“I have a question about villains – and layering them so that they engage with each other and the heroine. Some say the hero (love interest) is the main antagonist, others say there needs to be a stronger antagonist because he’s not one by the end. What say you? What have you found works the best? Do more antagonists pop up as you write? How do you like to layer them? Do you have a limit/rule that you like or use?
Let’s start with the basics.
The protagonist (not the hero) of a story owns it; her need to reach her goal and the actions she takes to get there are the reason the story moves forward.
The antagonist (not the villain) of the story shapes it; his efforts to block the protagonist and reach his goal determine the story’s path and the escalating conflict.
Example: Without the antagonist, Indiana Jones would say, “Oh, there’s the Ark of the Covenant” and go pick it up. Because Belloq the Nazi archeologist has it and keeps blocking him, Jones has to go find Marion, travel to the Middle East, battle snakes (he doesn’t fall into the snake pit, Belloq pushes him in), and hitch a ride on a U-Boat before he can rescue the girl and the world. Without Belloq, there is no Raiders of the Lost Ark.
So you need one protagonist and one antagonist per story, or your plot ends up being a lot of cats running around, barging into each other. The antagonist can have minions, witting or unwitting, but there has to be one Big Bad to guide them all with his master plan. Same with the protagonist who can have friends and partners and teammates, but she alone has the goal that fuels the plot.
I’m going to repeat this because it’s important: The antagonist is not the villain, he’s just the character who pushes back against the protagonist, who is not the hero. Giving a moral dimension to those character roles as you think them through can skew them into cartoons. Nobody gets up in the morning and says, “Today I’m going to be an evil son of a bitch.” Don’t give that attitude to your antagonist because it’ll flatten his characterization.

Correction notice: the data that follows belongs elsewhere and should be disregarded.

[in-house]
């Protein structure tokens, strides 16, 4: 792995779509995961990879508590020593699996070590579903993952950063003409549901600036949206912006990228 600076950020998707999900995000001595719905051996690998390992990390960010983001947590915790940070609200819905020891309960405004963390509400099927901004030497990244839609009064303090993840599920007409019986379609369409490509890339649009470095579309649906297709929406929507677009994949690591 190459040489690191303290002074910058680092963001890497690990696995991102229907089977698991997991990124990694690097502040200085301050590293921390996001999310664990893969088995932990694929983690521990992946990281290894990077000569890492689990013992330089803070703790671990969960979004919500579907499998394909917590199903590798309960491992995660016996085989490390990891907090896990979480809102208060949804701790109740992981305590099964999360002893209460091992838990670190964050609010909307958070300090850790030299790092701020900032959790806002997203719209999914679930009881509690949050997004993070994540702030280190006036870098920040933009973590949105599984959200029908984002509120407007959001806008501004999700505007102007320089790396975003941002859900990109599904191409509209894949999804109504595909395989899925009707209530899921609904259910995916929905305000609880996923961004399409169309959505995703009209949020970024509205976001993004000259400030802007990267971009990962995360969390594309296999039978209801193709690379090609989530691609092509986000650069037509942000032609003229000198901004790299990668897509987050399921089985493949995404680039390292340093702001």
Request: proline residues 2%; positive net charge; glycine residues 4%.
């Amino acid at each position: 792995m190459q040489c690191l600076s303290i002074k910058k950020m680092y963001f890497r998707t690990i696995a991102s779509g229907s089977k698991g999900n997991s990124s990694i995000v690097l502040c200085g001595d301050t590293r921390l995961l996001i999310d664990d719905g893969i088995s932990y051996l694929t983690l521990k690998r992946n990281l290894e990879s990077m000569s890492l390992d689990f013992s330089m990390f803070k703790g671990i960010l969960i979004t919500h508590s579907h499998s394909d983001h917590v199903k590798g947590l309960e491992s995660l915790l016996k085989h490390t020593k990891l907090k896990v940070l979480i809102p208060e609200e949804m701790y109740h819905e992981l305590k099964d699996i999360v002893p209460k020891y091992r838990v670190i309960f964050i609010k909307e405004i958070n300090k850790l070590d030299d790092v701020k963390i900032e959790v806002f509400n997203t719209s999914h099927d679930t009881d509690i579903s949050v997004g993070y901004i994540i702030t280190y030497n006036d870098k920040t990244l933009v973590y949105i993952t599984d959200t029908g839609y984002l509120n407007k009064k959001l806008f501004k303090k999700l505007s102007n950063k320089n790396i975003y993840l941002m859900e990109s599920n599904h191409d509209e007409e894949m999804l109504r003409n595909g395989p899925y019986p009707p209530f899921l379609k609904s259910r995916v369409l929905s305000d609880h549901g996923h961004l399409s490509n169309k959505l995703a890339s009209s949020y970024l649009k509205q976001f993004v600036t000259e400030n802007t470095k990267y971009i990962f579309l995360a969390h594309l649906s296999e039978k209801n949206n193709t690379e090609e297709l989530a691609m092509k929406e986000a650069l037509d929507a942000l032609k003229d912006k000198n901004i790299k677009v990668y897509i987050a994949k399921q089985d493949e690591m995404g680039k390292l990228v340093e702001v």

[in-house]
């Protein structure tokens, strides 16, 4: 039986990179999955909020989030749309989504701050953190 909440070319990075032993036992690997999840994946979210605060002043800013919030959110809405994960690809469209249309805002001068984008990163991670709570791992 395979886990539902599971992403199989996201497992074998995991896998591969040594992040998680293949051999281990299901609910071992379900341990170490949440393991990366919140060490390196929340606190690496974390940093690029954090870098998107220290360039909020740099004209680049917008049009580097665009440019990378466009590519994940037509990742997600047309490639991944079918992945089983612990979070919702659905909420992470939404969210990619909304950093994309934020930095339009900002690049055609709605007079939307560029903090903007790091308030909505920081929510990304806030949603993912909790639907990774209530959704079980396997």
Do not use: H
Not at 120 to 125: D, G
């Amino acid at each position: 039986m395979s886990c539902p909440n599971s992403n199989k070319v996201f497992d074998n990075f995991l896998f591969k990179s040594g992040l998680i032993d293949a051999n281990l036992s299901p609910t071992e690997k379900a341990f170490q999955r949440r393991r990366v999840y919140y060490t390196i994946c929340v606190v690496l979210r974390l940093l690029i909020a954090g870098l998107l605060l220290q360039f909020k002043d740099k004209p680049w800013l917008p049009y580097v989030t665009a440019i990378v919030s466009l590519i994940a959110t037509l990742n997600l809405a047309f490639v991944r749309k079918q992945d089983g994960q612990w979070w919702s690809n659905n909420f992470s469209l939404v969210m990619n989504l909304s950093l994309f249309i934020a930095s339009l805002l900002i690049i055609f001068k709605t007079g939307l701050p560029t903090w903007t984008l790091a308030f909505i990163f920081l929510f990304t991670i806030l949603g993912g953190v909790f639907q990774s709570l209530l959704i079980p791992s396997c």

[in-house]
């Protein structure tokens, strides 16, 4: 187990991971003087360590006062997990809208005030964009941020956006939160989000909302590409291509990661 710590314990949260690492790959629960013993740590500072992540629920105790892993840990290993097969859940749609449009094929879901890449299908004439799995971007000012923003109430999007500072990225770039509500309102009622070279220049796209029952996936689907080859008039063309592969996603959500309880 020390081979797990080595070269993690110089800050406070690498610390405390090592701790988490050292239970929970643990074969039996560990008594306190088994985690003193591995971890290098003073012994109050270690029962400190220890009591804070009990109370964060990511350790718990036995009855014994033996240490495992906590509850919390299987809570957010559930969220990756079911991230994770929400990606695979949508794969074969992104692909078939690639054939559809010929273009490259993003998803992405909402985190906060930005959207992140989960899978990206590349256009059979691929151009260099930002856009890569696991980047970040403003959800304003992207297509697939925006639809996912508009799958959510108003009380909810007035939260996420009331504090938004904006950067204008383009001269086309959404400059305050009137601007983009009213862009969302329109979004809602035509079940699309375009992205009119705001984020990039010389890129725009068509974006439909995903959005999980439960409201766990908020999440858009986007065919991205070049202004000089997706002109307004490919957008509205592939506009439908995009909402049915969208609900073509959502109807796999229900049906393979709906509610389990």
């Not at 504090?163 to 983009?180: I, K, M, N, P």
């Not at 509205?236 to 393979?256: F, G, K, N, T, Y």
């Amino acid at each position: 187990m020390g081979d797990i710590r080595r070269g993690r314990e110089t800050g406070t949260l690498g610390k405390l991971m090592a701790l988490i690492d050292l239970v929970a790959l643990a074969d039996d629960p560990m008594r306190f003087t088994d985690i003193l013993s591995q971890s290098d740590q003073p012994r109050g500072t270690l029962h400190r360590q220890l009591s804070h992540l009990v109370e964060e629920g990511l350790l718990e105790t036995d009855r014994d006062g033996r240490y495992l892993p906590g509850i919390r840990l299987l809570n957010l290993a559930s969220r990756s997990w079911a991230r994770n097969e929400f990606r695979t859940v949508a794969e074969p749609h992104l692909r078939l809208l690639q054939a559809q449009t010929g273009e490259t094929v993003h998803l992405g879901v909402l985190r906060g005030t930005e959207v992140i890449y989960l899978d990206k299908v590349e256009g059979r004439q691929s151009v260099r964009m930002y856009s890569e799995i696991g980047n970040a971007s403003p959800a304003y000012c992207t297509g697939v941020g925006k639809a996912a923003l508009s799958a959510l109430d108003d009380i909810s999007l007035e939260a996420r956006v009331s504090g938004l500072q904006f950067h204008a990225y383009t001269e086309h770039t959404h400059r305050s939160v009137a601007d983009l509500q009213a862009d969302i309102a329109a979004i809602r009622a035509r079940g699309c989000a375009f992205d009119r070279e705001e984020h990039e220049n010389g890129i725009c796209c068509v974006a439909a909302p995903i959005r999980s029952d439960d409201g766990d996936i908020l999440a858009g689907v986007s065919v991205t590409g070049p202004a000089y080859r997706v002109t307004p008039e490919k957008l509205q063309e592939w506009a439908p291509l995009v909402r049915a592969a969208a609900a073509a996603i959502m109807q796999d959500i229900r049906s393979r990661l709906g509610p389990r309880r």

And now to answer your question: if your plot has the love interest character blocking your protagonist from her goal, then the love interest is the antagonist (see Moonstruck). If your plot is the protagonist vs somebody else, and the love interest comes in to help her fight (see Charade), the love interest is not the antagonist. It’s much easier to write a romance where the antagonist is not the love interest because a good climax has the protagonist utterly defeating the antagonist or vice versa. That’s a bad start to a relationship unless the defeat in some way sets the other character free. In Moonstruck, for example, Loretta wants to live a safe life and Johnny wants her to live a life full of passion; Johnny wins and Loretta gets a better life because of that even though she loses.
The key to deciding protagonist and antagonist in your story is to jettison the value labels–heroine, villain, love interest–and think in term of character functions.
• Whose pursuit of the goal drives the main story? That’s your protagonist.
• Whose pursuit of a goal blocks the protagonist’s pursuit and shapes the plot of the story as she or he pushes back? That’s your antagonist.
Or even simpler, who, if you removed him or her from the book, would cause the conflict to collapse? In Nita, I’m finding it pretty easy to delete Mort. I could even lose Nick, and Nita would still be dealing with Lemmons and rotten rangers. But if I took out the Cthulhu character, Nick wouldn’t come to Earth and there’d be no supernatural crime for Nita to investigate. There’s my antagonist.